Monthly Archives: January 2012

Cold climate egg production!

One of these days I’m going to write about my building/energy efficiency and community building projects again, but for now it is eggs that are exciting me. I arrived back from an overnight trip to Ft Yukon (where there is some interest in chicken raising due to the high cost of AC store eggs) to find 5 blue-green eggs in the nest!! So it seems at least 3 of the girls are laying. And here is breakfast this morning:

The lighter yolk, bigger egg is a local egg but not from my hens. My hen egg is the one with the bright orange, firm yolk! Delish! Shells are strong as well, and the chickens seem healthy.

So, as I commented on in the last post, my local, energy efficient coop management seems to be working: a 40 watt equivalent 8 watt led bulb on a timer to give 14 hours of supplemented light, in an insulated but unheated coop. Alaskan grown grain (oats, barley, and or wheat) available from an automatic feeder in the coop. Unfrozen water supplied once a day. Scraps are brought with the water including crushed egg shells, table scraps including greens frozen for them in the fall, and salmon scraps (guts, backbones, skin, heads, roe, etc – about a pint to a quart a week). All for 5 hens and 4 ducks.


Little blue frozen egg!!

One of my hens laid a little blue-green egg in the nest box this morning! It was 10 F in the coop, so it froze before I got to it, but I’ll cook it today. I don’t heat my insulated coop, and the little door to their yard is always open unless it is double digits below zero F.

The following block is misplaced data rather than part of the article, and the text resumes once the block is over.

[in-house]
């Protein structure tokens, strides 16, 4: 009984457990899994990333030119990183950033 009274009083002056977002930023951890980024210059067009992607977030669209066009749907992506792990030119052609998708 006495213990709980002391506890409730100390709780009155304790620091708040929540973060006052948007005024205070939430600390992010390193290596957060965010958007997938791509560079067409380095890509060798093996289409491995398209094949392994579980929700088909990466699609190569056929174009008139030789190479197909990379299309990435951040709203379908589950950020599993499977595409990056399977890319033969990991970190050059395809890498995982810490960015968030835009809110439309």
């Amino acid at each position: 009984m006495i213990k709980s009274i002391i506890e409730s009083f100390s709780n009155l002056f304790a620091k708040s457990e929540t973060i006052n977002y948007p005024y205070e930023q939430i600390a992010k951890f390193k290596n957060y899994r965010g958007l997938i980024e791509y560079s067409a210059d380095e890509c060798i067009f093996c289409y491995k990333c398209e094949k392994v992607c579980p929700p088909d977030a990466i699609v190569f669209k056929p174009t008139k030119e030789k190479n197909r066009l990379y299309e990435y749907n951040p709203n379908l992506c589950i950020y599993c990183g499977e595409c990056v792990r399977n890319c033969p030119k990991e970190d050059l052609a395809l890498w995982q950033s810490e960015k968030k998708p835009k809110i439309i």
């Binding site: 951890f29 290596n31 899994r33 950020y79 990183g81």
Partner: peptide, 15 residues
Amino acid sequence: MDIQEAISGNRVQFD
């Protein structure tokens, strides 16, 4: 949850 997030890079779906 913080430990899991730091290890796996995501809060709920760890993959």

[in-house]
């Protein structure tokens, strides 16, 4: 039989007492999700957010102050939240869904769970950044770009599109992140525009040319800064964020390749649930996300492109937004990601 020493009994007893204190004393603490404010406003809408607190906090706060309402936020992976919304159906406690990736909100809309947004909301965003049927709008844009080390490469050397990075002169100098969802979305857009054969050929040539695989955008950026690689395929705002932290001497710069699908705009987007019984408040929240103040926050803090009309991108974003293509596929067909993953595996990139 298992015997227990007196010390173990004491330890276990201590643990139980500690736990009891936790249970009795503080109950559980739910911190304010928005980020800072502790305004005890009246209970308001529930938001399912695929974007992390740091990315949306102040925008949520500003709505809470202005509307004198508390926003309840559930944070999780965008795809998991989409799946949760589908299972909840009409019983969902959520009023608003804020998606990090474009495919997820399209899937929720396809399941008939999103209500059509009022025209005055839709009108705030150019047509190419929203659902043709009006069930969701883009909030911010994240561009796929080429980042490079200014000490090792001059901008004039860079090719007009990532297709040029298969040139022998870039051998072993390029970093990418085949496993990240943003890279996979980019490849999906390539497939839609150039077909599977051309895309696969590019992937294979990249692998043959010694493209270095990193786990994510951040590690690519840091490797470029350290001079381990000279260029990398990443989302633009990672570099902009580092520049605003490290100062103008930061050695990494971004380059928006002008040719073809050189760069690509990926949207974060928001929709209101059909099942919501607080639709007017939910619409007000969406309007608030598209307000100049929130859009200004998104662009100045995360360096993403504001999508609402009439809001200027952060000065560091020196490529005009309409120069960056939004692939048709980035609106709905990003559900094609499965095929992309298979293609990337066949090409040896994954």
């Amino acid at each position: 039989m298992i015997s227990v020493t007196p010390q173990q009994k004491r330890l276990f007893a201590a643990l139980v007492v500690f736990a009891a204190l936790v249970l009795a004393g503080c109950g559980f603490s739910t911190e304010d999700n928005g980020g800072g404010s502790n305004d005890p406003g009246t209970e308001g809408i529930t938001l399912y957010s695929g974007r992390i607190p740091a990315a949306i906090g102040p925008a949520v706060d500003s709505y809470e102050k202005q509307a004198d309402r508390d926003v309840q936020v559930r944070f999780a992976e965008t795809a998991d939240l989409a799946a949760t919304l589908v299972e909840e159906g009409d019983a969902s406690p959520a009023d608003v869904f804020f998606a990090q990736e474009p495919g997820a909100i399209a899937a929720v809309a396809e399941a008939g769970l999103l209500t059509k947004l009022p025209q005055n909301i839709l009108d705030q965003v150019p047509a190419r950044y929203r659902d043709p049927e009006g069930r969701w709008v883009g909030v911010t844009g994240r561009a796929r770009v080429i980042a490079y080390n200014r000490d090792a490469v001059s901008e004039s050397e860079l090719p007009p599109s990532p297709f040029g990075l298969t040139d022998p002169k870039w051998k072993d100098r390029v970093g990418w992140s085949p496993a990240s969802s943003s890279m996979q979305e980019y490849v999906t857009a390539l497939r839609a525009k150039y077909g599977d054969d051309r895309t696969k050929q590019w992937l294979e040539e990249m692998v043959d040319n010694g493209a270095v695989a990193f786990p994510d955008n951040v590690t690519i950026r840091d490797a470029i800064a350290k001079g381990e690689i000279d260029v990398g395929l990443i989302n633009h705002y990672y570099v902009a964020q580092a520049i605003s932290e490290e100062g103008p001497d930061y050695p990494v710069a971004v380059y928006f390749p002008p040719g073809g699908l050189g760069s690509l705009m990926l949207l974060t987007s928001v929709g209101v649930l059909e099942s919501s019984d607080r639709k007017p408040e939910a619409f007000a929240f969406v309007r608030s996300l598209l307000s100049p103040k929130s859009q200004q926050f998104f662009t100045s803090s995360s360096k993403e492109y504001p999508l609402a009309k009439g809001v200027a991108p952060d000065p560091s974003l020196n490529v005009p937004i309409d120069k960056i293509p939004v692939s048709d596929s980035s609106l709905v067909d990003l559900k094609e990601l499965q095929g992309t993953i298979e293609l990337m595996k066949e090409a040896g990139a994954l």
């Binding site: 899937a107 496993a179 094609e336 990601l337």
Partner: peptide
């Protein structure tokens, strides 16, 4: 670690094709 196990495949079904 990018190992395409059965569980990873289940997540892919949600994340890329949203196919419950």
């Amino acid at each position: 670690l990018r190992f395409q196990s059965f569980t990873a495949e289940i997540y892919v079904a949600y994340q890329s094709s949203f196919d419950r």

So cold doesn’t seem to be a deterrent to laying! Neither does my tough-love, low energy treatment: to have as sustainable an operation as possible I only feed local grain (wheat, barley and/or oats – always available) and bring them salmon and table scraps and warm water once a day. We’ll see if that egg tastes fishy since most of their protein and calcium comes from salmon!

The key is light. I got them as new hatched chicks June 15, so they are about 31 weeks old. A couple of weeks ago I installed a compact fluorescent bulb on a timer in the coop and have generally been giving them an additional hour of light a day until today. Today they will have artificial light from 4:30am to 9:30am (dawn) then from 4:30pm (dusk) to 6:30pm – 14 hours as my sources tell me they need. Yesterday they only had 13.5 hours, so that was enough for one girl! I will slowly adjust the hours to start later so the eggs don’t have so much time to freeze.

It certainly seems like a miracle that they are starting to lay! Here is the flock:
The black Easter-egger type (blue/green egg layers):


One of the three grey Easter-eggers:


Probably the lone brown egg layer – the barred rock mutt:

And, of course, the duck family:


3pm update: another little blue egg in the nest – this one not cracked from freezing!! And I ate the first egg and it was delish – no fishy at all!

A permaculture garden in Alaska – most of the year